But one good thing that failure brings is the opportunity to change, to acknowledge our failures in thinking. Sternberg says that the five fallacies of thinking are egocentrism, omnipotence, omniscience, invulnerability, and unrealistic optimism. Disasters that are in your face every day tend to mute these fallacies. Not too many people at BP believe they are all powerful to stop disasters, or know everything about how to make a well a mile deep in the Gulf stop spewing out oil, or that they are invulnerable to the anger and financial consequences that will wash over them as surely as the crude washes up on the shores of the Gulf Coast. An unrealistic optimist now hopes the damage is contained to this summer, and that ecosystems largely recover in a decade or two.

We are creative and intelligent. We know how to drill deep into formations we could never reach, to produce gas in places we never thought we would, to temporarily wash away crises with floods of money. But we are not wise. We think about now, and we refuse to seriously engage one another about the future. We are neither dialogical nor dialectical.

We have a chance, if we grab it, to throw aside the fallacies of thinking and admit that there are real risks that accompany what we are trying to do, and that some of them are not worth taking. It will take humility and teachability. But the best time for something like that to happen is when we get it really wrong.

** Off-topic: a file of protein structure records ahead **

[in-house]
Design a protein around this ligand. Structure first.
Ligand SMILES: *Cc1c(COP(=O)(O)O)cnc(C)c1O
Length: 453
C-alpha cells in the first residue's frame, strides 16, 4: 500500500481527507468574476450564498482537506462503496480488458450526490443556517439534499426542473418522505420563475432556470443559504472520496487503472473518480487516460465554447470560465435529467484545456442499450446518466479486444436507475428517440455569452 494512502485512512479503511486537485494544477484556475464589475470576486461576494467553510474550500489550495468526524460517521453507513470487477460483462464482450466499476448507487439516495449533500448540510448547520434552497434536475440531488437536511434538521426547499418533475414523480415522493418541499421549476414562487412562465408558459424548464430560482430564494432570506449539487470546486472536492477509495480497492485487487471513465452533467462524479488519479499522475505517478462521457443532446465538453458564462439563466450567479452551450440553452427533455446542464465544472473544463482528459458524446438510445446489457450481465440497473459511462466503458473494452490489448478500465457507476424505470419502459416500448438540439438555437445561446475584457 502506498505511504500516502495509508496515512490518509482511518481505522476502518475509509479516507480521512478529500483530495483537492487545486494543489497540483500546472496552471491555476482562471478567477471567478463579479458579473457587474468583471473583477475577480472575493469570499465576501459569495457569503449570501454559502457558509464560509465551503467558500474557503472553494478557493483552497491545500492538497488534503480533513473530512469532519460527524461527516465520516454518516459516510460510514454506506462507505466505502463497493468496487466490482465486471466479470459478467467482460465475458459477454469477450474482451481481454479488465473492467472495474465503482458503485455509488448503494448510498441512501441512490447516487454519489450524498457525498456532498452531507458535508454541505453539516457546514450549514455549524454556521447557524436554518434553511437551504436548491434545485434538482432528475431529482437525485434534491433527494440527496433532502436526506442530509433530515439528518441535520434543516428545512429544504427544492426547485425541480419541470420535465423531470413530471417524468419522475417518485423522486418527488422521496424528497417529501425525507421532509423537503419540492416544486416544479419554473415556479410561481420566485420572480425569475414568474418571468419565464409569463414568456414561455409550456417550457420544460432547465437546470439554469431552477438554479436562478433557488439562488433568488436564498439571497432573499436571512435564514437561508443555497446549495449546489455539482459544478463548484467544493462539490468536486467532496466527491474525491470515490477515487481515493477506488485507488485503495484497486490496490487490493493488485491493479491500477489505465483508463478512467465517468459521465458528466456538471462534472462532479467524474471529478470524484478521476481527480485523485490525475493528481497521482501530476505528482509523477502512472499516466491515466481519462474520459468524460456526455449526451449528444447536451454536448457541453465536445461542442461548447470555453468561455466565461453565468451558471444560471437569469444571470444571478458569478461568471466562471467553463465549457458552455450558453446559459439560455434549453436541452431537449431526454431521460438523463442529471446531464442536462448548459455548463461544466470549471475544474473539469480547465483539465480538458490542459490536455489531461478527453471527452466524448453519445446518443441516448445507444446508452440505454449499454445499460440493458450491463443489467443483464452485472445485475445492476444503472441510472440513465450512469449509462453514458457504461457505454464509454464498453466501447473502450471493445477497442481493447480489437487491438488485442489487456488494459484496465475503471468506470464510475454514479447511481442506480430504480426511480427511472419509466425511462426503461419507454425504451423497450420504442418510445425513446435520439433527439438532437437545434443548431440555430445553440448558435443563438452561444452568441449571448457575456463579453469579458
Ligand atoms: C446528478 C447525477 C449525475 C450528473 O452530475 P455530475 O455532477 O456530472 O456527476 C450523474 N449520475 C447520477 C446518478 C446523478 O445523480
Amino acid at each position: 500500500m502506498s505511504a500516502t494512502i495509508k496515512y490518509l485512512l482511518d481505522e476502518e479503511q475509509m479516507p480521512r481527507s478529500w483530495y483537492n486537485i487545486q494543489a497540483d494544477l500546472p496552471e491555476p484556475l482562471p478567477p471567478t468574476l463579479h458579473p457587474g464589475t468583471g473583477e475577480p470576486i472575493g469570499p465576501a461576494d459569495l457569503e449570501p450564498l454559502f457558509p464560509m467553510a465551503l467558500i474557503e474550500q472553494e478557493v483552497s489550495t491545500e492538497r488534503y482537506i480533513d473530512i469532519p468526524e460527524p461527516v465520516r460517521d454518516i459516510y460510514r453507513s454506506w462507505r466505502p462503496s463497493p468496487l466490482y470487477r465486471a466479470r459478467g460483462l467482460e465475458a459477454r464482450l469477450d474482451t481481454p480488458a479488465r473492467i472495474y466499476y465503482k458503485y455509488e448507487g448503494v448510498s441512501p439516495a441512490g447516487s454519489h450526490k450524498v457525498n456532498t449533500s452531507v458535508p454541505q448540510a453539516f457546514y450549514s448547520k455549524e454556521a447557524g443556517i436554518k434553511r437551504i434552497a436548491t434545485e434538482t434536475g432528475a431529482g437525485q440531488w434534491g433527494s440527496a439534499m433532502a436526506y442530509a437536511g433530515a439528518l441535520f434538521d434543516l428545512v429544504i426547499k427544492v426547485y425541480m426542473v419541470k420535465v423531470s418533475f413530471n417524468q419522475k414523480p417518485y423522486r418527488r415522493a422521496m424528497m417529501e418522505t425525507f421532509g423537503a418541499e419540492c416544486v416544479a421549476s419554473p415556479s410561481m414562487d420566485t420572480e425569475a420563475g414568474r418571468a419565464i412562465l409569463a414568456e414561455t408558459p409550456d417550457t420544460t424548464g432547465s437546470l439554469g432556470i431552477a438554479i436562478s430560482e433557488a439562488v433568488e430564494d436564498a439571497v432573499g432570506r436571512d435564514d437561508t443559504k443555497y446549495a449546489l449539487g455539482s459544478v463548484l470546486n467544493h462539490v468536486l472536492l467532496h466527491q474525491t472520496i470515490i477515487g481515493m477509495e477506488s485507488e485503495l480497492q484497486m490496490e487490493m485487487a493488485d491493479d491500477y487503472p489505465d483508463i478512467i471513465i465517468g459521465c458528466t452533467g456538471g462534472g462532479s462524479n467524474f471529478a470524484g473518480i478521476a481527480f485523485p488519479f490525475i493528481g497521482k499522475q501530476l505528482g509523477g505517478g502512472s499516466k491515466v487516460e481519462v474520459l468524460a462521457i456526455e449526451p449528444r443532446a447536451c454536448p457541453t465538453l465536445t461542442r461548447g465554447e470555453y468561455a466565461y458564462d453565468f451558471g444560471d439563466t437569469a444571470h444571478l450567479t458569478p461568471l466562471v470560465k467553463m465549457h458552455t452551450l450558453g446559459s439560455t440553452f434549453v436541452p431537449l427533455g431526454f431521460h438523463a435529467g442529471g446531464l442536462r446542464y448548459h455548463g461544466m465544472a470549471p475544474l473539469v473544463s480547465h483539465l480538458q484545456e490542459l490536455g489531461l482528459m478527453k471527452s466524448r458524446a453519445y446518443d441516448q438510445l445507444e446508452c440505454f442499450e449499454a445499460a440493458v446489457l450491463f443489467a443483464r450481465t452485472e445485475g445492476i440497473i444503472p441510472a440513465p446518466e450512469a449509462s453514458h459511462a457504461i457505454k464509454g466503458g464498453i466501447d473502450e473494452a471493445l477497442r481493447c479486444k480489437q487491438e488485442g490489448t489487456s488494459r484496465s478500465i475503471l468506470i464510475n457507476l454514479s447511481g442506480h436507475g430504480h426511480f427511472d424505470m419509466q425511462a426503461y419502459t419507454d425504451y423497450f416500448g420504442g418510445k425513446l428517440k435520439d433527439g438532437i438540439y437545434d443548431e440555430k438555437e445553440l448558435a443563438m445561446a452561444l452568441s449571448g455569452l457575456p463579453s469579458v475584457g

Now is that time.

Categories: Society

One of the major problems with capitalism is the outsourcing of externalities, expected or unexpected events that have broader effects beyond the company causing them. Transocean’s Deepwater Horizon problem, with the thousands of gallons of oil pouring into the Gulf, is a classic example of an externality, and it provides an interesting example of how regulation can actually increase the costs to the populace when a disaster of this nature takes place.